The outermost depending legs 11 and 14 are joined together at their tops by a relatively thin, flat upwardly arcuate bridge 22. Preferably, the bridge 22 is formed integrally with legs 11 and 14 and is of constant thickness and preferably of constant width.

The innermost legs 12 and 13 of the respective pairs of legs are joined together at their tops by an upwardly arcuate lower bridge 23. The: lower bridge 23 is of constant thickness throughout, preferably equal to the thickness of the legs 12 and 13 and preferably also equal to the thickness of legs 11 and 14 and upper bridge 22.

Relatively thin, flat arms respectively 24 and join the innermost and outermost legs of each said pair of legs respectively 11-12 and 13-14. Preferably, arms 24 and 25 extend between and form integrally with the juncture of the legs which they join with the respective bridges to which they are joined. The arms 24 and 25 are of constant thickness, preferably equal to the thickness of the legs 11, 12, 13 and 14 and the bridges 22 and 23.

The top edge 26 of theupper bridge 22 is flared outwardly on its opposite sides to define wedge shaped flanges 27 and 28 the purpose for which will be detailed later.

A prosthetic tooth mounting post 29 is joined to the top edge 26 of bridge 22 at its center by a tapered neck 30. The top 31 of the post 29 is provided with a pair of intersecting grooves 32 and 33 which preferably extend transversely across the top 31 of the post 29.

The length of the legs 11, 12, 13 and 14 are relatively great with respect to the combined widths of bridges 22 and 23 and the space 34 therebetween. The legs 11, 12, 13 and 14, the bridges 22 and 23 and arms 24 and 25 are collectively provided with a plurality of transverse countersunk holes 35,35 etc.

The points of intersection of all of the respective components of the implant blade, the legs, arms and bridges are provided with a radius to avoid angular intersections. In addition, the holes 35 are provided with a countersunk rim 36.

An alternate form of endosseous implant blade is illustrated in FIGS. 4, 5 and 6. Such a blade employs a pair of prosthetic tooth mounting posts and is useful for supporting a plurality of teeth joined together in a bridge. The implant blade illustrated in FIGS. 4, 5 and 6 is similar in all respects to the implant blade illustrated in FIGS. 1, 2 and 3. There are provided spaced apart pairs of spaced apart relatively thin, flat, vertically straight legs 37, 38, 39 and 40. The legs 37, 38, 39 and 40 are .of constant thickness from the top to substantially the bottom thereof, the bottoms each being provided with a vertically tapered tip respectively 41, 42, 43 and 44.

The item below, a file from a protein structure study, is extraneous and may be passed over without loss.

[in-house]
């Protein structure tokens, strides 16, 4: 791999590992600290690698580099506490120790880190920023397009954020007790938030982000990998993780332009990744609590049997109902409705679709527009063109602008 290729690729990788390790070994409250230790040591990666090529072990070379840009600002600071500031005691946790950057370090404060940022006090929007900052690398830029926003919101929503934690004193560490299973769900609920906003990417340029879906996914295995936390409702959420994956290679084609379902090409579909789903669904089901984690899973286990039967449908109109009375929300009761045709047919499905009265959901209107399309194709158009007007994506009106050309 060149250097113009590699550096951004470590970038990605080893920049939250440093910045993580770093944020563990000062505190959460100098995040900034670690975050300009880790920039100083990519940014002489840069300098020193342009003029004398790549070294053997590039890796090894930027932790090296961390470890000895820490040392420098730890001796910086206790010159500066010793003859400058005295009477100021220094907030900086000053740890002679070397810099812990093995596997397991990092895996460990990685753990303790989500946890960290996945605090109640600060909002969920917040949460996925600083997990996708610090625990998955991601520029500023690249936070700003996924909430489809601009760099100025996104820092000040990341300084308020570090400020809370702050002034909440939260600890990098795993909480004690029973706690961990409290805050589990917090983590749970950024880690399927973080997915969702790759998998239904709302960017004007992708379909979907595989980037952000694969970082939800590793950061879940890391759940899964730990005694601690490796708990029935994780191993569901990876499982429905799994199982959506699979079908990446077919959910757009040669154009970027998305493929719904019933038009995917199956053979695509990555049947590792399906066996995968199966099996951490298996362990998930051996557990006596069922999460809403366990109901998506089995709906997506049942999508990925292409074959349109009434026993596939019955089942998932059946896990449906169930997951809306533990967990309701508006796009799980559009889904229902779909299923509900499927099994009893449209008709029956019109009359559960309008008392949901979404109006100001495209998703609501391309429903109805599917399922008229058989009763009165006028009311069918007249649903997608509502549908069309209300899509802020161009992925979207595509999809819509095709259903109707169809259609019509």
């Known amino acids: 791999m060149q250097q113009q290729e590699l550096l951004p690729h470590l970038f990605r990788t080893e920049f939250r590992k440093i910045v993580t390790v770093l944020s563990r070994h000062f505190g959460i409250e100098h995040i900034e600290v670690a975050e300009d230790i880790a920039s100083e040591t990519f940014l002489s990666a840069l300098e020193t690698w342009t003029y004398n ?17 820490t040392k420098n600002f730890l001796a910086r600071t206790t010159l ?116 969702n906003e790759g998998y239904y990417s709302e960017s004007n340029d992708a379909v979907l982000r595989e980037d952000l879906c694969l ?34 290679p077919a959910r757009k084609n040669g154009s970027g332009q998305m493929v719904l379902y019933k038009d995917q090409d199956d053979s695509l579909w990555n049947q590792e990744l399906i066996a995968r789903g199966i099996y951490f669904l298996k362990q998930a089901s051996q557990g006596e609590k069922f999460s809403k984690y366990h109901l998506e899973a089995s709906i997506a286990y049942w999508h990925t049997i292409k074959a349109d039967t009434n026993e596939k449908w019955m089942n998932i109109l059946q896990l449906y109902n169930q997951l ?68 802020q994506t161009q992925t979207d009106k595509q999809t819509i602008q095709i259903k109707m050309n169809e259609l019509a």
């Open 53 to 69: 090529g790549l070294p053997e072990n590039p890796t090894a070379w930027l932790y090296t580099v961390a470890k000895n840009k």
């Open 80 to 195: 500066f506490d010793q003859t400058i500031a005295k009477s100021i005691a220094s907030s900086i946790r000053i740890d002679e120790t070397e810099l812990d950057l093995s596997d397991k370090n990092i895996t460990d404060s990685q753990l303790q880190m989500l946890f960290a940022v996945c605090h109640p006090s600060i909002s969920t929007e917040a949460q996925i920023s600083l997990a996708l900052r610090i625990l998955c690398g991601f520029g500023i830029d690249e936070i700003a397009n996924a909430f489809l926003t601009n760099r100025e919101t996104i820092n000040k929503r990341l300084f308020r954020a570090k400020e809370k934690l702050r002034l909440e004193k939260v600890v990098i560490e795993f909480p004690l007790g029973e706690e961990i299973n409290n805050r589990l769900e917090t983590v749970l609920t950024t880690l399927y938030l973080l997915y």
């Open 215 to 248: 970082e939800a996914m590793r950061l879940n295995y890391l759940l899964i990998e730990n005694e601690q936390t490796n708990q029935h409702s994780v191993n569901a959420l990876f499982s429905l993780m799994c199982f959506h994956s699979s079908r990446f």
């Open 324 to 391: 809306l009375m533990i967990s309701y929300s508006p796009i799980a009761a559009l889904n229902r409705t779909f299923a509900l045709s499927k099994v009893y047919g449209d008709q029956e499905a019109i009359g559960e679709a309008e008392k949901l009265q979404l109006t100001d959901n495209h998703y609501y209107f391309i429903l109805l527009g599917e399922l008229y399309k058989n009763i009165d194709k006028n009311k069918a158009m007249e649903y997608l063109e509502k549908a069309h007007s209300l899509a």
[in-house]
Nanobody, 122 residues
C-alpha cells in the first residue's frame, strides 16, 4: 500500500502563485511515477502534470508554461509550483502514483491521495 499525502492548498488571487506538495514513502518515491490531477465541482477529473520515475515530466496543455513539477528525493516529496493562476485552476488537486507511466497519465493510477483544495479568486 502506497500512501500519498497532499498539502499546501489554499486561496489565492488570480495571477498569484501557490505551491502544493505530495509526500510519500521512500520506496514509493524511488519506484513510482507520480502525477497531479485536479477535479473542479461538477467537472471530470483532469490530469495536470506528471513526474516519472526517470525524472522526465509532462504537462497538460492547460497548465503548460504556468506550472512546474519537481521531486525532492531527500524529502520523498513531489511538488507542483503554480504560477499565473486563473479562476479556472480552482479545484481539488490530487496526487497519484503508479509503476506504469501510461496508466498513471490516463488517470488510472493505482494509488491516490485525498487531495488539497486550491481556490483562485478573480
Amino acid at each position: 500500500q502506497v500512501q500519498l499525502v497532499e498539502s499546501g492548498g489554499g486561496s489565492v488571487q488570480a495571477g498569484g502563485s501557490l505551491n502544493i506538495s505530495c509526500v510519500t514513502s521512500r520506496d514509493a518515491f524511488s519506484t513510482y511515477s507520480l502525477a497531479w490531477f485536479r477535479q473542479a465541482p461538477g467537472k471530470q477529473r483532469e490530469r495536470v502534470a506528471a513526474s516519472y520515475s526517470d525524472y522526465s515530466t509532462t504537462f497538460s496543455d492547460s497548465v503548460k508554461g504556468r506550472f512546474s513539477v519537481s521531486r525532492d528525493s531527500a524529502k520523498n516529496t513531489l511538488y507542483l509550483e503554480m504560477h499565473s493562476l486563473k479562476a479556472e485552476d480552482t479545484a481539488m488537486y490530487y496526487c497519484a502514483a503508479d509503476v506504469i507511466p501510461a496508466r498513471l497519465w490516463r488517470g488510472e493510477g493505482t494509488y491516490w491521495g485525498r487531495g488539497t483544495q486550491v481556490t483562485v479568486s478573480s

The outermost legs 37 and 40 of the respective pairs of legs 37-38 and 39-40 are joined together at their tops of an upwardly arcuate upper bridge 45. The upper bridge 45 is preferably formed integrally with the legs 37 and 40, is of constant thickness, preferably equal to the thickness of legs 37 and 40.

The innermost legs 38 and 39 of the said pairs 37-38 and 39-40 are joined together at their tops by an upwardly arcuate lower bridge 46 spaced away from the upper bridge 45. The lower bridge 46 is of constant thickness, preferably equal to the thickness of legs 38 and 39.

A pair of arms 47 and 48 join the respective pairs of legs 37-38 and 39-40 together at their tops. Preferably, the arms 47 and 48 are formed integrally with the legs 37-38 and 39-40 extending between the juncture of the respective legs and bridges. An intermediate arm 49 joins the upper bridge 45 and lower bridge 46 at their respective centers.

The space 50 between legs 37 and 38 and the space 51 between legs 39 and 40 are preferably equal and substantially smaller than the space 52 between legs 42 and 43. The length of the legs 37 and 40 are substantially greater than the combined widths of the bridges 45 and 46 and the space therebetween 53.

The upper bridge 45 is provided with a pair of prosthetic tooth mounting posts 54-54 each joined to the bridge 45 by a tapered neck 55-55. The top 56 of each of the posts 54 is provided with a pair of intersecting grooves 57-58 extending transversely across the respective tops 56.

Each of the legs 37, 38, 39 and 40, the upper and lower bridges 45 and 46 and the arms 47 and 48 are collectively provided with a plurality of transverse holes 59,59, etc., which are provided with a countersunk rim 60 on each of the faces of the said members.

The intersection of each of the component members of the implant blade is provided with a radius to provide against angular or sharp intersections.

The top edge 61 of the upper bridge 45 is outwardly flared to define wedge shaped flanges 62-63 having the same function as flanges 27 and 28 in FIGS. 1, 2 and 3.